spi·​ra·​cle | \ ˈspir-i-kəl How to pronounce spiracle (audio) , ˈspī-ri- \

Definition of spiracle

1 : a breathing hole : vent
2 : a breathing orifice: such as
b : an external tracheal aperture of a terrestrial arthropod that in an insect is usually one of a series of small apertures located along each side of the thorax and abdomen — see insect illustration

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Other Words from spiracle

spiracular \ spə-​ˈra-​kyə-​lər How to pronounce spiracular (audio) , spī-​ \ adjective

Examples of spiracle in a Sentence

Recent Examples on the Web Some modern-day fishes that breathe air have similarly large spiracles. John A. Long, Scientific American, "How a 380-Million-Year-Old Fish Gave Us Fingers," 20 May 2020 The skull of Elpistostege contains a clue: at the back of the head is a pair of large holes called spiracles. John A. Long, Scientific American, "How a 380-Million-Year-Old Fish Gave Us Fingers," 20 May 2020 Sturgeon have holes in their sides called spiracles, which help them breathe along with their gills. National Geographic, "Lake sturgeon," 25 Feb. 2020 Also, an up-close look reveals intake vents (spiracles) behind the eyes for circulating water through the gills and out on the saw’s underside for exhaling. David A. Brown, Field & Stream, "The Fight to Save the Sawfish," 13 Dec. 2019 The photographs showed children touching the animal, unintentionally covering the spiracle. Robert Newhouse, Teen Vogue, "Beachgoers in Spain Killed a Baby Dolphin," 17 Aug. 2017 When disturbed, say by a predator, these North American insects compress their bodies and squeeze air out of holes in the sides of their bodies, called spiracles. National Geographic, "Whistling Caterpillars And 5 More Surprisingly Musical Species," 26 Apr. 2017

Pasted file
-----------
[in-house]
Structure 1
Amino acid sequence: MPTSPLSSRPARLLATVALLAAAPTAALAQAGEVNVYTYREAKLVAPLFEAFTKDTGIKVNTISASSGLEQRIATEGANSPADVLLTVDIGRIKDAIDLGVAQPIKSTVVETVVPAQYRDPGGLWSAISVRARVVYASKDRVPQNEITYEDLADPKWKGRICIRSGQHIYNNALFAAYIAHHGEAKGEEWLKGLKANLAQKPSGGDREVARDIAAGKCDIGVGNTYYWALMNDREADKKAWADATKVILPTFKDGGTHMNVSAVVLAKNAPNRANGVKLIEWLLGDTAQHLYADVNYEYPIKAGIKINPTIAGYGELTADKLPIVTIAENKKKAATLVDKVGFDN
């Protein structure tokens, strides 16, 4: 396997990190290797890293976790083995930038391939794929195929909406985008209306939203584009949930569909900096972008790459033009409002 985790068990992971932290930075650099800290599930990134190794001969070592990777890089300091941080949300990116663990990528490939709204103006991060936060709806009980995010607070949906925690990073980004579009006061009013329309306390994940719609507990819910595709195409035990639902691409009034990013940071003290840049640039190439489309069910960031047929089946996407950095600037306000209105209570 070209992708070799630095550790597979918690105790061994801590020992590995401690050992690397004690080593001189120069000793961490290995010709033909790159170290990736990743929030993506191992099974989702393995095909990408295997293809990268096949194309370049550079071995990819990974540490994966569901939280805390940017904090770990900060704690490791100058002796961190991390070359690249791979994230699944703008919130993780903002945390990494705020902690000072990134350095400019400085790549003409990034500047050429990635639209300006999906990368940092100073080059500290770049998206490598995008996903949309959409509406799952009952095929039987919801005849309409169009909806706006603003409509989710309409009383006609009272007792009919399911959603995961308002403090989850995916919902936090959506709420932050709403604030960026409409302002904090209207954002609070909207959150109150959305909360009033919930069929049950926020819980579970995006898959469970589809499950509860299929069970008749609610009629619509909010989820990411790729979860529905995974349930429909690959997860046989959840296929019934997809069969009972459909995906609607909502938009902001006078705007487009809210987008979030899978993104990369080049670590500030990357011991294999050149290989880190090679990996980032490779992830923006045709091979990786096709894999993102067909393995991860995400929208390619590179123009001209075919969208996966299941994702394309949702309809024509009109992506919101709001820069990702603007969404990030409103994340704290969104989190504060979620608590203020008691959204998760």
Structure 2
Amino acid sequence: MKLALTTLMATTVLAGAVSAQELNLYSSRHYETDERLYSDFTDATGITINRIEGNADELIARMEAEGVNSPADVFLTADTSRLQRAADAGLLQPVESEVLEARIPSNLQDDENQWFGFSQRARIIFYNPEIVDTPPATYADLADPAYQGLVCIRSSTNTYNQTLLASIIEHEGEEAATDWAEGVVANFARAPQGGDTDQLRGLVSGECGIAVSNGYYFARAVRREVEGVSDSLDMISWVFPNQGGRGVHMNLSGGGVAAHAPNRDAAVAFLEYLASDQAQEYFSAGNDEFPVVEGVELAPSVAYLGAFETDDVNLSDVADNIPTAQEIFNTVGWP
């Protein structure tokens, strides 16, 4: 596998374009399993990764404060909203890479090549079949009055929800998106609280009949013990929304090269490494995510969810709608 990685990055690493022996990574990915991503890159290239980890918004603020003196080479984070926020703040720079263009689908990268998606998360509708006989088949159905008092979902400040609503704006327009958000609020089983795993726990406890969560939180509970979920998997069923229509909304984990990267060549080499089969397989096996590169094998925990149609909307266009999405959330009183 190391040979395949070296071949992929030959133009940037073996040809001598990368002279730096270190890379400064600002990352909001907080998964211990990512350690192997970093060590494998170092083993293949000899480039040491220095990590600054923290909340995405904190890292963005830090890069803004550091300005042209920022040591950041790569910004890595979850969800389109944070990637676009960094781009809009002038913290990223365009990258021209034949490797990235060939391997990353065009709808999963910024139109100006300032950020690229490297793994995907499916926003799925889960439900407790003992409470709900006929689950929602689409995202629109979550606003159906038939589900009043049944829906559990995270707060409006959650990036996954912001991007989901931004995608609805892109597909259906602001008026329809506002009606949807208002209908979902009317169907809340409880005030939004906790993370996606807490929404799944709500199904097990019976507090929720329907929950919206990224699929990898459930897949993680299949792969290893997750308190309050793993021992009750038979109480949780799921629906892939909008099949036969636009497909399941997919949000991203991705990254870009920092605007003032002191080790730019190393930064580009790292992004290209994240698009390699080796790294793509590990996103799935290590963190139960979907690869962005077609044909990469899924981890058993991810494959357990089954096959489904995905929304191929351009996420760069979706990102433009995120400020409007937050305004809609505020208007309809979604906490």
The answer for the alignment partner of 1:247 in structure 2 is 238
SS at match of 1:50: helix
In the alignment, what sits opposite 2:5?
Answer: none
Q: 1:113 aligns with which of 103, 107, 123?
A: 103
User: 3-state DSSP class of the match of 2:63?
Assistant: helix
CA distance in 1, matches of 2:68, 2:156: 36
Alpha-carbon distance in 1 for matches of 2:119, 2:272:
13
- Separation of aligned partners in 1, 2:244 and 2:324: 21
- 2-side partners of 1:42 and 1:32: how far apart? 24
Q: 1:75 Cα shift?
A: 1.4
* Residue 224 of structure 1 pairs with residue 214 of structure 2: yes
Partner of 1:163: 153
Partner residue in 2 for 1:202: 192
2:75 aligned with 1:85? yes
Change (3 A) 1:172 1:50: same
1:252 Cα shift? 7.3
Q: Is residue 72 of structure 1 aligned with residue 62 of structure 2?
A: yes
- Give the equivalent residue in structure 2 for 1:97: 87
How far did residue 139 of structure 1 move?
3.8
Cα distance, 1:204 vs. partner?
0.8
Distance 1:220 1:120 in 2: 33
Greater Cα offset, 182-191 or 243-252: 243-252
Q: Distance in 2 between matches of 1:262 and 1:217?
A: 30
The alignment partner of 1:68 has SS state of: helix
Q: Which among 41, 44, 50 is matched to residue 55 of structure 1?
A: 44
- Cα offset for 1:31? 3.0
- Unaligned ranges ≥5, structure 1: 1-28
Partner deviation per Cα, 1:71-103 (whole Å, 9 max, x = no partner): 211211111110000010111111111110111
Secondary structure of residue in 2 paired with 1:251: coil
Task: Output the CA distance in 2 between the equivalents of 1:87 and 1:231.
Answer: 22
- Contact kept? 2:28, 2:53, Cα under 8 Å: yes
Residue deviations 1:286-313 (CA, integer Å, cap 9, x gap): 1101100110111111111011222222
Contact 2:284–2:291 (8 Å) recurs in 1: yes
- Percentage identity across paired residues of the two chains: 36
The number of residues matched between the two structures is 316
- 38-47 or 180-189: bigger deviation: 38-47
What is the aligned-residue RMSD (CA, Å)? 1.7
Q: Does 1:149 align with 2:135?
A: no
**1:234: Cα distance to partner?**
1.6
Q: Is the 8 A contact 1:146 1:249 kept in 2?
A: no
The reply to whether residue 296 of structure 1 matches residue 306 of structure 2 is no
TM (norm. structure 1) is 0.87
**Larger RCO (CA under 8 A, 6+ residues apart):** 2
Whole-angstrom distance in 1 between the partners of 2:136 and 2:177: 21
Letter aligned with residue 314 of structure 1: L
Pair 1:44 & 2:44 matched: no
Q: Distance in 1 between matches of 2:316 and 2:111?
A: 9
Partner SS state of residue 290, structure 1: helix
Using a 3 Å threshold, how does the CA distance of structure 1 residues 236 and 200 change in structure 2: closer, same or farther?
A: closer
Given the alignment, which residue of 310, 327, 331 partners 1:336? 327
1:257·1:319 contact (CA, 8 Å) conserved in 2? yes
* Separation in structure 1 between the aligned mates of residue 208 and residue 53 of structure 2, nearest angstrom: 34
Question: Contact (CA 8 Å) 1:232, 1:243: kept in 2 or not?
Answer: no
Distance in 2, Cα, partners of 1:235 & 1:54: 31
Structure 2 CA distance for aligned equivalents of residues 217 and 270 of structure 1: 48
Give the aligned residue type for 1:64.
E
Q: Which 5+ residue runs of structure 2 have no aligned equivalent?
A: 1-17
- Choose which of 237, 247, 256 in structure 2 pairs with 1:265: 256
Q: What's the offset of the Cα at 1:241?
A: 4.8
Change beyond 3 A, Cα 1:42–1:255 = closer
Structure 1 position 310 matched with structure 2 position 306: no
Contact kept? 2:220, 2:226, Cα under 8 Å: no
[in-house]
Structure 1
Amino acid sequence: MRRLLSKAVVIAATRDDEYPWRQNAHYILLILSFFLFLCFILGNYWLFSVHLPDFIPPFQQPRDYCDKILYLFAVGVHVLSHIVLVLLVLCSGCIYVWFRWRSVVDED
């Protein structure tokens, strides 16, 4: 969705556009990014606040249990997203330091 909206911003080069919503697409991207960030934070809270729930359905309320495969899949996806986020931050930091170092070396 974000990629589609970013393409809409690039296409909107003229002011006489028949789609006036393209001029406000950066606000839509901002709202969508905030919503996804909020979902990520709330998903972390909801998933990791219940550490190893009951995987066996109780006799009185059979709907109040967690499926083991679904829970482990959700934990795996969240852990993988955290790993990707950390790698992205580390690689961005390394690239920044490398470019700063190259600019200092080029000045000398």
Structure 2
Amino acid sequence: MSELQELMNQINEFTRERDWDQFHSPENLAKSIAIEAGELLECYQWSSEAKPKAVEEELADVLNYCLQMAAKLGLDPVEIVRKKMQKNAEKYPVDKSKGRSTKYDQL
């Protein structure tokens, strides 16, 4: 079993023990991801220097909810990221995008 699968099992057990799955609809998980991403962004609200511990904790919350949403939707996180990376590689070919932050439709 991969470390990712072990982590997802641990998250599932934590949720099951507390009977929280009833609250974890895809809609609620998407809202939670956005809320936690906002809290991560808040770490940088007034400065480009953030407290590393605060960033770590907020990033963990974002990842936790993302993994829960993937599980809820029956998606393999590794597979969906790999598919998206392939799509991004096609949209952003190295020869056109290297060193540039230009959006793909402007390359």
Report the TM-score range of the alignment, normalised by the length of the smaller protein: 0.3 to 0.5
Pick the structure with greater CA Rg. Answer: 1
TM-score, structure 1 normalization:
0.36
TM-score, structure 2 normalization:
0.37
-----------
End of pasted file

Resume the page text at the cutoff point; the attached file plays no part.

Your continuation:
These example sentences are selected automatically from various online news sources to reflect current usage of the word 'spiracle.' Views expressed in the examples do not represent the opinion of Merriam-Webster or its editors. Send us feedback.

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First Known Use of spiracle

15th century, in the meaning defined at sense 1

History and Etymology for spiracle

Middle English, from Latin spiraculum, from spirare to breathe

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Time Traveler for spiracle

Time Traveler

The first known use of spiracle was in the 15th century

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Statistics for spiracle

Cite this Entry

“Spiracle.” Merriam-Webster.com Dictionary, Merriam-Webster, https://www.merriam-webster.com/dictionary/spiracle. Accessed 28 Nov. 2020.

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More Definitions for spiracle


spi·​ra·​cle | \ ˈspir-ə-kəl How to pronounce spiracle (audio) \

Kids Definition of spiracle

: an opening on the body (as of an insect) used for breathing

More from Merriam-Webster on spiracle

Britannica.com: Encyclopedia article about spiracle

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